Genre: Fairy Tale Running Time: 1 hr. 25 min.
Release Date: August 5th, 2015 MPAA Rating: PG
Director: Mark Burton, Richard Starzak Actors: Justin Fletcher, John Sparkes, Omid Djalili, Kate Harbour, Emma Tate
haun the Sheep Movie” continues the Aardman Animations tradition of bar-setting stop-motion “claymation” visuals, mixing plenty of humor with hair-raising hijinks. And there’s a surprising amount of hilarity during the farm animals’ consistently creative escapades – all without a single line of dialogue. A broad appeal is derived simply from fascinatingly constructed characters, offbeat expressions, and meticulously detailed sets and attire. Pop culture references do make an appearance, but the bulk of the laughs comes from the elaborate predicaments befalling the colorful cast and the equally outlandish solutions they devise to win out. Though the perils never reach an emotional intensity on par with Pixar’s finest, the rambunctious adventure rarely falters in delivering wholesome entertainment that will bring a smile to the faces of children and adults alike.
Tiring of the monotony of farm life, Shaun (Justin Fletcher) and his fellow sheep develop an intricate plan to circumvent their farmer (John Sparkes) in order to take the day off. When their plan goes awry and the farmer winds up in the Big City with amnesia, Shaun and Bitzer the dog must head into town to retrieve him. But the mission becomes far more daunting when additional obstacles, such as a crazed animal containment officer (Omid Djalili) and the arrival of fellow sheepmates, compound the situation, forcing Shaun to form new alliances and concoct further schemes to get everyone home safely.
As with all of Aardman’s projects, careful attention is paid to the details. This translates into brilliantly rib-tickling character designs, with each role exhibiting discernible idiosyncrasies, facial quirks, and anatomical exaggerations that make for highly amusing players. A combination of cute and funny goes a long way in spicing up mere background characters or personas that pop up for a single kooky glance.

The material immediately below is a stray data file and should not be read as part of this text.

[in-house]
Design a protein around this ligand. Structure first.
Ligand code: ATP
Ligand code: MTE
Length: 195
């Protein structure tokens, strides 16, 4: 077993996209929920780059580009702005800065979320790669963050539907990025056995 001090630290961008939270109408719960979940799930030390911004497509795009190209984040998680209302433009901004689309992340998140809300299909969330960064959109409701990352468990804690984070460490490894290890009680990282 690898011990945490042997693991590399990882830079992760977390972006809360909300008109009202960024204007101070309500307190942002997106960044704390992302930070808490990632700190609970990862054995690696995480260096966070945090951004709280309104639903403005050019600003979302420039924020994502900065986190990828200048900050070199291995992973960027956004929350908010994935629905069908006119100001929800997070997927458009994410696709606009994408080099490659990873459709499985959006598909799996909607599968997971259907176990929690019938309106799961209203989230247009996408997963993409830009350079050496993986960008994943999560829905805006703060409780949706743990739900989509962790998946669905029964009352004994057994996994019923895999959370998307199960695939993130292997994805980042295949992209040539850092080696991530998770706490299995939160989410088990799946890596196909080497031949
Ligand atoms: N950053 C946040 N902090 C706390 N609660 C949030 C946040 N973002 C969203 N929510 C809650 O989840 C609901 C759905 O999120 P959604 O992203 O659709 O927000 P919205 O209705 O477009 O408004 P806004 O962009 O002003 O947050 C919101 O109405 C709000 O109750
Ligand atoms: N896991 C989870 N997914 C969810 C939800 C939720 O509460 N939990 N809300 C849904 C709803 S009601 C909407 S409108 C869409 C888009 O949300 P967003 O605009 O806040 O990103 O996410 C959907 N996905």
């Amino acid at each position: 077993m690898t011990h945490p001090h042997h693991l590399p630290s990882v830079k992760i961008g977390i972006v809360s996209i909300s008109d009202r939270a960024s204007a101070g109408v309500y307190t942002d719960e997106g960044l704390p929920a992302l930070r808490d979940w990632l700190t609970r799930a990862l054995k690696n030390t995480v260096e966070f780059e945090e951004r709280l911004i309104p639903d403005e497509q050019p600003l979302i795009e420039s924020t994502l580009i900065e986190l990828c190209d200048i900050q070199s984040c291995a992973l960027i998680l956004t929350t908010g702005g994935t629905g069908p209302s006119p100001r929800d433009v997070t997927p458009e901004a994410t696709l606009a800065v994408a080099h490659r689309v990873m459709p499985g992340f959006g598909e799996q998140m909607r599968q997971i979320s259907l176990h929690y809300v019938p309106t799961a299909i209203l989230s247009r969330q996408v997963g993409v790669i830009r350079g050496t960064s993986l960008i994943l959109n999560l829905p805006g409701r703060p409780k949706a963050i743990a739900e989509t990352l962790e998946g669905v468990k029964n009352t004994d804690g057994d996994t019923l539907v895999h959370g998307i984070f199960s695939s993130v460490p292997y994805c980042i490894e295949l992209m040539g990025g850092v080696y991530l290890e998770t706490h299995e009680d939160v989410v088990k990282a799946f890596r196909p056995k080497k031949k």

While the farm animals are all anthropomorphized for the sake of streamlined interactions with their surroundings and various props, subtler jokes are made through the refusal to adhere to specific rules. The critters all have a grasp of the English language and can sketch convincing schematics, yet they exchange guttural sounds for communication or must point to advertisements and logos on vehicles for clarification. This is made more hilariously complex when quick moments reveal a dog using toiletries, a rooster augmenting his crooning with a bullhorn, or when the whole gang of bovid must impersonate humans as they infiltrate the town (eventually donning clothes, which doesn’t seem like an altogether foreign activity). Wittily enough, at one point the sheep even harmonize and beat-box.
Through outstanding slapstick, imaginatively choreographed chase sequences, and all manner of visual gags, an engaging story unfolds, only presenting a lull on one or two brief occasions. This is particularly impressive considering that the film relies on not a single word of blatantly spoken dialogue for exposition. There’s something fascinatingly Chaplinesque or Keatonesque about the abandonment of dialogue for musical cues, artistically repetitive imagery, miming, and referential guides. It’s all universally understandable – and there’s no need to be familiar with the successful TV series that started in 2007. And while it may not be constantly laugh-out-loud funny, the film possesses a very regular pace of grin-inducing mischief and mayhem that results in an overwhelmingly pleasant cinematic experience.
– The Massie Twins